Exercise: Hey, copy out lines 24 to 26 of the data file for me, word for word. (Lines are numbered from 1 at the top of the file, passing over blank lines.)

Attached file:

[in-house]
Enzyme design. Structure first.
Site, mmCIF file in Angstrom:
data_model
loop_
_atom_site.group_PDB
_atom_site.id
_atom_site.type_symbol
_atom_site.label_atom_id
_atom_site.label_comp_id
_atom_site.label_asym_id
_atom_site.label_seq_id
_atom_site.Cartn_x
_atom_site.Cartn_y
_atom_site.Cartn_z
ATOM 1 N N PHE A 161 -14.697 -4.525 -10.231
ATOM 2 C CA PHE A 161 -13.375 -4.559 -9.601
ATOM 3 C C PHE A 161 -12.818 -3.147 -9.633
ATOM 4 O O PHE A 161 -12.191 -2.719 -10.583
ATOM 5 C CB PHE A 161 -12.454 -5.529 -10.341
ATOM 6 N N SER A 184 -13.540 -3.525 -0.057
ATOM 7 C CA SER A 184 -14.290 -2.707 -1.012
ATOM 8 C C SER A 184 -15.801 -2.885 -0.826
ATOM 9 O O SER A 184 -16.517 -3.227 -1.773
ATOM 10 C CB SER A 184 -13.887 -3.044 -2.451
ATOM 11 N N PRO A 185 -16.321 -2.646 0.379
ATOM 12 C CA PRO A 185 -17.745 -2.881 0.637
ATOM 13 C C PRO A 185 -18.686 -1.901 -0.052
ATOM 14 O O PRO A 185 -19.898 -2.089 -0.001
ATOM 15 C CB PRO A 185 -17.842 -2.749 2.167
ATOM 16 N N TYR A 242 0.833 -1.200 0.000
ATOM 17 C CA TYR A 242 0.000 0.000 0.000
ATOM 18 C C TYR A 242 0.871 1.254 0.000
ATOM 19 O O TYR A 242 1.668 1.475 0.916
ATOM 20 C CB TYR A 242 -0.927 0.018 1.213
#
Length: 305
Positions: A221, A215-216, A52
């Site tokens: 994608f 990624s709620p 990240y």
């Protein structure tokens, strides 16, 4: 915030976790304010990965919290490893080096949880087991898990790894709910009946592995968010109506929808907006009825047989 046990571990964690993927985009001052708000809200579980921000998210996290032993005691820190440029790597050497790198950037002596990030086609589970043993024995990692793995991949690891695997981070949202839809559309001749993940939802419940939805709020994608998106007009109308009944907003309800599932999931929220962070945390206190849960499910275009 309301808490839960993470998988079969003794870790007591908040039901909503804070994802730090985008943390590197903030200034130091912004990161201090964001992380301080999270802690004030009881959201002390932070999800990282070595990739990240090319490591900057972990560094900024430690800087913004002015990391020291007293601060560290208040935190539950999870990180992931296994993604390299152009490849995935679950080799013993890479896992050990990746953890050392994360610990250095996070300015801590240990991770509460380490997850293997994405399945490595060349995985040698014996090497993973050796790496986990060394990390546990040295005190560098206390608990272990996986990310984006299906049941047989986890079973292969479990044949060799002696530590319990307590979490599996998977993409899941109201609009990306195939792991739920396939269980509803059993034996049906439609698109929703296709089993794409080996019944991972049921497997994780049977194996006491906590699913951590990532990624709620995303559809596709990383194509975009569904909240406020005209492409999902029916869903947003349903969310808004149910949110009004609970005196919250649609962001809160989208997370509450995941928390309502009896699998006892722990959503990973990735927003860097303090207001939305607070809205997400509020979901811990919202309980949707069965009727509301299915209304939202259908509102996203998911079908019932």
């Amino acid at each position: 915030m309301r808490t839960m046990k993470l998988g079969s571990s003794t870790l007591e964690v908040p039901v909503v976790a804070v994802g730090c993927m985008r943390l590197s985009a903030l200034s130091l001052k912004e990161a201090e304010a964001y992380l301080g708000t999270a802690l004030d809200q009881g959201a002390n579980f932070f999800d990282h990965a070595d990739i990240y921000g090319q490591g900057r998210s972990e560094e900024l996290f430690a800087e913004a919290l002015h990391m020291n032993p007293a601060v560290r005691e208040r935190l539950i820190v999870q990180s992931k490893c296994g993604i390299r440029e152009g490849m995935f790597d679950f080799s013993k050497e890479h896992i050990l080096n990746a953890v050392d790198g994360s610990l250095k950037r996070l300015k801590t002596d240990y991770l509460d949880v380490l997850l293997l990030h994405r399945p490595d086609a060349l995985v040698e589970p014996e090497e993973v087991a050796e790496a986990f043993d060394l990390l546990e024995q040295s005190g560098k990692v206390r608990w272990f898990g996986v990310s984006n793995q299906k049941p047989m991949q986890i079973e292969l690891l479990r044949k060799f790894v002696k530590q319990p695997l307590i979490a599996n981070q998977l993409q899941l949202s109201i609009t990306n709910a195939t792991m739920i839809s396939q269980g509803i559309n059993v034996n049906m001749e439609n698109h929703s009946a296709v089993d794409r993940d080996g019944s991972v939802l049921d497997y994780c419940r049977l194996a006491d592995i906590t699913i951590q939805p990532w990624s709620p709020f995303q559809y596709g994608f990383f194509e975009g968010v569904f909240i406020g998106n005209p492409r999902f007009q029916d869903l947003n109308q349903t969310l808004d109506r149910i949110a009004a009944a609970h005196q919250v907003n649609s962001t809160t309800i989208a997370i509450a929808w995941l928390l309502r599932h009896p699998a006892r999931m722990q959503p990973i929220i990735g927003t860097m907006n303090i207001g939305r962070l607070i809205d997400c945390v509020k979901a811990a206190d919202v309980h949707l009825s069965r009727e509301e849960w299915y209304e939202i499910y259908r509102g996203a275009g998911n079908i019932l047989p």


ATOM 9 O O SER A 184 -16.517 -3.227 -1.773
ATOM 10 C CB SER A 184 -13.887 -3.044 -2.451
ATOM 11 N N PRO A 185 -16.321 -2.646 0.379